When a direct hit to the head occurs, a process known as coup-contrecoup causes bruising of the brain  and damage to internal tissue and blood vessels. A coup lesion is a bruise caused by trauma at the point  of impact (pronounced COO). When the brain jolts backward, it may collide with the opposite side of the  skull, resulting in a bruise known as a contrecoup lesion. Shearing (tearing) of the internal lining, tissues,  and blood vessels may result in internal bleeding, bruising, or swelling of the brain when the brain is  jarred against the sides of the skull.


Traumatic brain injury (TBI) is a serious condition. Recent research suggests, however, that brain damage may render individuals dangerous to themselves. Multiple brain injuries, even moderate ones,  may lead to higher suicide ideation, according to research released by the University of Utah National Center for Veterans’ Studies. This is particularly true among military members, whose suicide rates are already far higher than civilians. On the other hand, military soldiers have a far greater risk of sustaining a single or many brain injuries.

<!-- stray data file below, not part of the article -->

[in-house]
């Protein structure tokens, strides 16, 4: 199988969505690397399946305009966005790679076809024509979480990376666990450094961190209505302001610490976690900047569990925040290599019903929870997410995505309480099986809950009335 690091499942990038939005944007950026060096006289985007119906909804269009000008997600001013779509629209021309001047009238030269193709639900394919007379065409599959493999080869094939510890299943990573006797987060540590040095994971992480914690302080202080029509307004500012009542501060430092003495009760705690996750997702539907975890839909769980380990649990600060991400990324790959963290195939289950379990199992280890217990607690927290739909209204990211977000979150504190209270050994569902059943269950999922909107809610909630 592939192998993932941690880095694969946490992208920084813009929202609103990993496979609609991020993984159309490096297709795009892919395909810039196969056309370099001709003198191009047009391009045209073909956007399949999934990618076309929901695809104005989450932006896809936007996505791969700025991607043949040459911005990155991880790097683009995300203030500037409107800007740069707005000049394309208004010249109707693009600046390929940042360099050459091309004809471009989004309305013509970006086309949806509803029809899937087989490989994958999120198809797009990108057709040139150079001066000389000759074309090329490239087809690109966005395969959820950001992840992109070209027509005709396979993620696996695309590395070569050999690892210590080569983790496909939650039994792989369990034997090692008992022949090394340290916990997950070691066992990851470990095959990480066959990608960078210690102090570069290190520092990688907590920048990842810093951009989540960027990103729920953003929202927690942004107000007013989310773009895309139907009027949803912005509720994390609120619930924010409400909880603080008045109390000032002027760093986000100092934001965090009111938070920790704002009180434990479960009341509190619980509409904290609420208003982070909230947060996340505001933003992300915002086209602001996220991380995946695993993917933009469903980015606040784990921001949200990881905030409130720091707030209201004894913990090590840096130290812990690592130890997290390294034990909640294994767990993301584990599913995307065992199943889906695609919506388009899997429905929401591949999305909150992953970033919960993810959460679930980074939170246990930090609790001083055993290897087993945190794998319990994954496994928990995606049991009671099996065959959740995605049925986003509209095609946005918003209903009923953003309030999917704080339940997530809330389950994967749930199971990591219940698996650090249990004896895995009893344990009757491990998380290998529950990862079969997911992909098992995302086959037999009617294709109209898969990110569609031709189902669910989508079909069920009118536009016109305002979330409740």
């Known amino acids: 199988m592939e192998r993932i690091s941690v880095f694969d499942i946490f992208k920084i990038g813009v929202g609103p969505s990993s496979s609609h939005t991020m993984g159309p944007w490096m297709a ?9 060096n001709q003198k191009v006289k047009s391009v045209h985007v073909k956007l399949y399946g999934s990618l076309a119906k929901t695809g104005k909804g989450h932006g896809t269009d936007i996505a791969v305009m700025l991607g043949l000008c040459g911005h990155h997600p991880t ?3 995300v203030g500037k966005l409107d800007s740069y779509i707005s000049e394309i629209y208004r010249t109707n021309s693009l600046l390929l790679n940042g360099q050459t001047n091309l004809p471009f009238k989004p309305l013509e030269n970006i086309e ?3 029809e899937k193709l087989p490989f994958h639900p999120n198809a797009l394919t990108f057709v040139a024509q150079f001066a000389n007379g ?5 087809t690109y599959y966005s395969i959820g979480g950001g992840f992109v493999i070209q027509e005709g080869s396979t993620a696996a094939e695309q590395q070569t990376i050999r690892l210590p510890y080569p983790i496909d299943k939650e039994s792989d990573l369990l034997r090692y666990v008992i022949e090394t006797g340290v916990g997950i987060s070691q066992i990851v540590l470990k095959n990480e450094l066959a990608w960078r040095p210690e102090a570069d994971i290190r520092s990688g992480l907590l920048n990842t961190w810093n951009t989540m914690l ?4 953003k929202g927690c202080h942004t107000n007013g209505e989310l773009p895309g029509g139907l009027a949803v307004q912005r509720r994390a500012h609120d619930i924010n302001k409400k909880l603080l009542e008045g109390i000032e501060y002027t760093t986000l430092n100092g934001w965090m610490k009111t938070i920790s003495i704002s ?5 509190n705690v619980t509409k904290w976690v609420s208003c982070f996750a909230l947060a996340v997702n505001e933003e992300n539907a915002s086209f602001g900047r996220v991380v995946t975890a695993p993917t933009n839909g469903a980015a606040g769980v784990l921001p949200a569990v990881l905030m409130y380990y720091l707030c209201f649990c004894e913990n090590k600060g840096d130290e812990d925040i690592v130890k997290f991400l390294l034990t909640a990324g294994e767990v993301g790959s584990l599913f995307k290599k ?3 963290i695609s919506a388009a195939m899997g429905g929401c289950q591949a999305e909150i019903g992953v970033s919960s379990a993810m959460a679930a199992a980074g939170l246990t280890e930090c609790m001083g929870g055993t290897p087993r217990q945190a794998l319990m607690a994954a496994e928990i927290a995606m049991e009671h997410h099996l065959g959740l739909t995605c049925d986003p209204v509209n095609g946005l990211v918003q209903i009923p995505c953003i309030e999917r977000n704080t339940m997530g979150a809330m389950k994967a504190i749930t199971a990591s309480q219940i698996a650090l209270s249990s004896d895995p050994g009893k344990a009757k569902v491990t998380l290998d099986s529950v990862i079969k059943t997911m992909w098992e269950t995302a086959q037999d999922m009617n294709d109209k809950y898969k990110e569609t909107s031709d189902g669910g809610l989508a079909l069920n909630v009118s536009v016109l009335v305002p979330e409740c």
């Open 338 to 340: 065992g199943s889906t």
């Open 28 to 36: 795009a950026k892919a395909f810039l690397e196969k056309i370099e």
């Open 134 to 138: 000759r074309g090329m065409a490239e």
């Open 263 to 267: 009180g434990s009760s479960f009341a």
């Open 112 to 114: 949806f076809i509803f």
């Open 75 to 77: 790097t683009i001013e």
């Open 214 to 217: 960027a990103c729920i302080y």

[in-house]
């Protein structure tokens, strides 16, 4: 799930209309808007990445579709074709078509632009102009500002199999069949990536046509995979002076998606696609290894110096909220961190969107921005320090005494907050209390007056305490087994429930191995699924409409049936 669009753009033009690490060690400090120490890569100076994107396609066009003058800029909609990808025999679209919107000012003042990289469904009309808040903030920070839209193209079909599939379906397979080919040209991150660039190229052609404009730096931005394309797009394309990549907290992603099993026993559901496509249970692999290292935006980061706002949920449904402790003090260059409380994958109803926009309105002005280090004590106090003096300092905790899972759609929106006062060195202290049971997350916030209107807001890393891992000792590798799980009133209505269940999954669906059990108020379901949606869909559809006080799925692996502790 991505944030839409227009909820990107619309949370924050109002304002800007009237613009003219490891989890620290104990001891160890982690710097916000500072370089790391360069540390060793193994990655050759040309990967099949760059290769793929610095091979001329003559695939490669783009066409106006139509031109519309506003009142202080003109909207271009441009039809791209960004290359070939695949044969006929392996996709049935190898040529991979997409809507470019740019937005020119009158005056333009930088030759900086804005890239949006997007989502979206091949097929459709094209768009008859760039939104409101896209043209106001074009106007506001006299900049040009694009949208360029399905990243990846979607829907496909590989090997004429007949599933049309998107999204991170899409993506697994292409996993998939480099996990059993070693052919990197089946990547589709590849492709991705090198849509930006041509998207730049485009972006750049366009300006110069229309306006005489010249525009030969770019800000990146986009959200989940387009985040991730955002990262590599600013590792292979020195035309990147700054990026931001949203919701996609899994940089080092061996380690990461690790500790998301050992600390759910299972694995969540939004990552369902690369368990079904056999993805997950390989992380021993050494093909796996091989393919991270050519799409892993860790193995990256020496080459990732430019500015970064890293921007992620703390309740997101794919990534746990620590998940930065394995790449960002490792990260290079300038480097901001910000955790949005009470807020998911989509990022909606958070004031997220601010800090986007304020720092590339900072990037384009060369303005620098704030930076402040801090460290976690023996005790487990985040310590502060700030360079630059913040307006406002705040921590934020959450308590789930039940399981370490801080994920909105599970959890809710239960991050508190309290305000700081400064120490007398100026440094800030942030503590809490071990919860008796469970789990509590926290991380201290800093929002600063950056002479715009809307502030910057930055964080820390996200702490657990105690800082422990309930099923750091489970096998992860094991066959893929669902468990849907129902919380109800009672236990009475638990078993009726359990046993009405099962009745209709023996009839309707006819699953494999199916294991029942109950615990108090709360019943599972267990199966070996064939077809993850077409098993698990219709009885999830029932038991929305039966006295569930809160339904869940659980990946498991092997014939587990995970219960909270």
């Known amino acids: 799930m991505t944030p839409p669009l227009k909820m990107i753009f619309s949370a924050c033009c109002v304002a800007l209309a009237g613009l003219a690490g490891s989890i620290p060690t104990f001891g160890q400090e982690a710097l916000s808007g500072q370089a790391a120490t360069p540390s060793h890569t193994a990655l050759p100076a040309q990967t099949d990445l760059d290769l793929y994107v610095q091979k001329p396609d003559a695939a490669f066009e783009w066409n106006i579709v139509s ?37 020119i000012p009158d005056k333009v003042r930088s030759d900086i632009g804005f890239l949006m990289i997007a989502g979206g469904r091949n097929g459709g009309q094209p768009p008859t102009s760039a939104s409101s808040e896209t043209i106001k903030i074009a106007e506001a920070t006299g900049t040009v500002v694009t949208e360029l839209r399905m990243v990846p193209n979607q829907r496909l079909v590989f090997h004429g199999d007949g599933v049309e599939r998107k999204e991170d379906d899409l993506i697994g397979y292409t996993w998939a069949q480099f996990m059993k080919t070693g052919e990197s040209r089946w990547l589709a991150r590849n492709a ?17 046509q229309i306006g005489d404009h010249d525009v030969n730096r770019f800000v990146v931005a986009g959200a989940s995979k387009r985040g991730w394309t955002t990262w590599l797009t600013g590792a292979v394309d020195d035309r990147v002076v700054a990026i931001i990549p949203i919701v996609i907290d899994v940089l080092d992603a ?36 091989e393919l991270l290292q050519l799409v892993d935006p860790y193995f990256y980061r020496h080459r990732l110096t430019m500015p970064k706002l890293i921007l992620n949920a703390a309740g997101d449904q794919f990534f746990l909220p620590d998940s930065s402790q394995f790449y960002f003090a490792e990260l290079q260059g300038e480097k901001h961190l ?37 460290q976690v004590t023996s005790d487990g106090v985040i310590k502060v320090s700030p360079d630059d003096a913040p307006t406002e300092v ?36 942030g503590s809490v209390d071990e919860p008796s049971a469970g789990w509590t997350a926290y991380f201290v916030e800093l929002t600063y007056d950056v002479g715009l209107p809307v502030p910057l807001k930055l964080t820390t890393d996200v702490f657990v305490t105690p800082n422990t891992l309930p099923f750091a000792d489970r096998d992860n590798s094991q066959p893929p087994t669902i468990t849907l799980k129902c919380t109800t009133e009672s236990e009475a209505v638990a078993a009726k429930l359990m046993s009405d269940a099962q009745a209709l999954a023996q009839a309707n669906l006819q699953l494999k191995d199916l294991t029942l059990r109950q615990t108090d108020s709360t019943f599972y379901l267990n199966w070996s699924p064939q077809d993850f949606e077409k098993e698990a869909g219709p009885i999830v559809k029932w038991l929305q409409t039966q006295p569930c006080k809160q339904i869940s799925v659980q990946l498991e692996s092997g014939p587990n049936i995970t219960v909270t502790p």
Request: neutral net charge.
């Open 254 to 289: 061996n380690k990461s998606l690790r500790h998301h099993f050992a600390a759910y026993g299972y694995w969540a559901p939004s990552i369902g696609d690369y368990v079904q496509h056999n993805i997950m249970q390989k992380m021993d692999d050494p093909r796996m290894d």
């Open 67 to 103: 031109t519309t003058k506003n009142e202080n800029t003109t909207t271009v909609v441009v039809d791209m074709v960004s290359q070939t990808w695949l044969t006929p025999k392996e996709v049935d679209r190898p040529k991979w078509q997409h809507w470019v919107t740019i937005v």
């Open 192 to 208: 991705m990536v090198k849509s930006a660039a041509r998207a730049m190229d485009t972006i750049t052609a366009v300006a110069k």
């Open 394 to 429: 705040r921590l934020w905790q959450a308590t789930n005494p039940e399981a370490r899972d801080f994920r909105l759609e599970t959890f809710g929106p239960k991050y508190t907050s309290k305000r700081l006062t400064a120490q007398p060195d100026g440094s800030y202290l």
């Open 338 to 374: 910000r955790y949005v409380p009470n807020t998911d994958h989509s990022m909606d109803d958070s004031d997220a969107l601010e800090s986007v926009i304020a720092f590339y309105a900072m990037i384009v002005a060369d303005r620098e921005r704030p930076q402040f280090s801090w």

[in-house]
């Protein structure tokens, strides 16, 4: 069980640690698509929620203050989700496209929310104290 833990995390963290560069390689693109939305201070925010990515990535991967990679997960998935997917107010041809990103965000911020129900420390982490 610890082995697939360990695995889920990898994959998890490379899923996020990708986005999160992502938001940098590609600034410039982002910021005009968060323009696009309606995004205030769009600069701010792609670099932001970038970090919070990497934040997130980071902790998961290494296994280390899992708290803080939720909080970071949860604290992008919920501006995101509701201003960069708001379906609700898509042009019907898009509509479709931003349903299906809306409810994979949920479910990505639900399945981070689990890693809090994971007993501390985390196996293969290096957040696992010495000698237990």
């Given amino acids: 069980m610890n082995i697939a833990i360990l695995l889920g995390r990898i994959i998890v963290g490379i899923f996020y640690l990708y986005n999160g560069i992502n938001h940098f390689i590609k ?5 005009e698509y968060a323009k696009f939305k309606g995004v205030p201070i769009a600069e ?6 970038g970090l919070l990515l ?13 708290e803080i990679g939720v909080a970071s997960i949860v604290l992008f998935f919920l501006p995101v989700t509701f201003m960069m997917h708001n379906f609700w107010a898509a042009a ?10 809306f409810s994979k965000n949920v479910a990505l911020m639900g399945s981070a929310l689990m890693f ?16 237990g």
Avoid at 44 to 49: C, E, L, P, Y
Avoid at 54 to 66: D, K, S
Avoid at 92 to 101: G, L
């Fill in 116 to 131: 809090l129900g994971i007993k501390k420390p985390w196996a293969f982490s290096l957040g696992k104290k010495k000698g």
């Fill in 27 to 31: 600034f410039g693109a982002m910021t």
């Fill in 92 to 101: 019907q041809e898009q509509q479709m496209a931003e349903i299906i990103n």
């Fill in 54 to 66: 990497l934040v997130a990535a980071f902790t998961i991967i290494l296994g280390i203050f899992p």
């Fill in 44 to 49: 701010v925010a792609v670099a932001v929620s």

In the military, suicide is the second greatest cause of death. Suicide took the lives of almost 100,000  servicemen and women in 2008. As depressing as these figures are, they are unfortunately on the  increase. According to the report, the numbers in 2008 are up by 50% from 2001.

Researchers from Canada and the United States conducted a meta-analysis evaluation of papers on  concussions and brain damage. The analysis includes 17 research, all of which were published after  1963. The study looked at data from over 700,000 people who had been diagnosed with a TBI. The control group included 6.2 million people who had not been diagnosed with a brain injury.

According to the study, patients with a history of TBI had a two-fold greater risk of participating in suicidal conduct, attempting suicide, or having suicidal thoughts. Multiple concussions in the same  patient might raise the risk even further. However, the conclusions of the researchers on this subject  were inconclusive.

This meta-analysis review is one of the most current research to look at the connection between concussions and suicide. Patients with a history of brain injury had double the risk of suicide, according  to research published in the Journal of the American Medical Association (JAMA) in August 2018.

The data of almost 34,000 people were analyzed in the study, which was done by Danish academics. The data found that the absolute suicide rate among those without a history of TBIs was 20 per 100,000  person-years. The absolute suicide rate among persons with a history of brain injury was 41 per 100,000  person-years.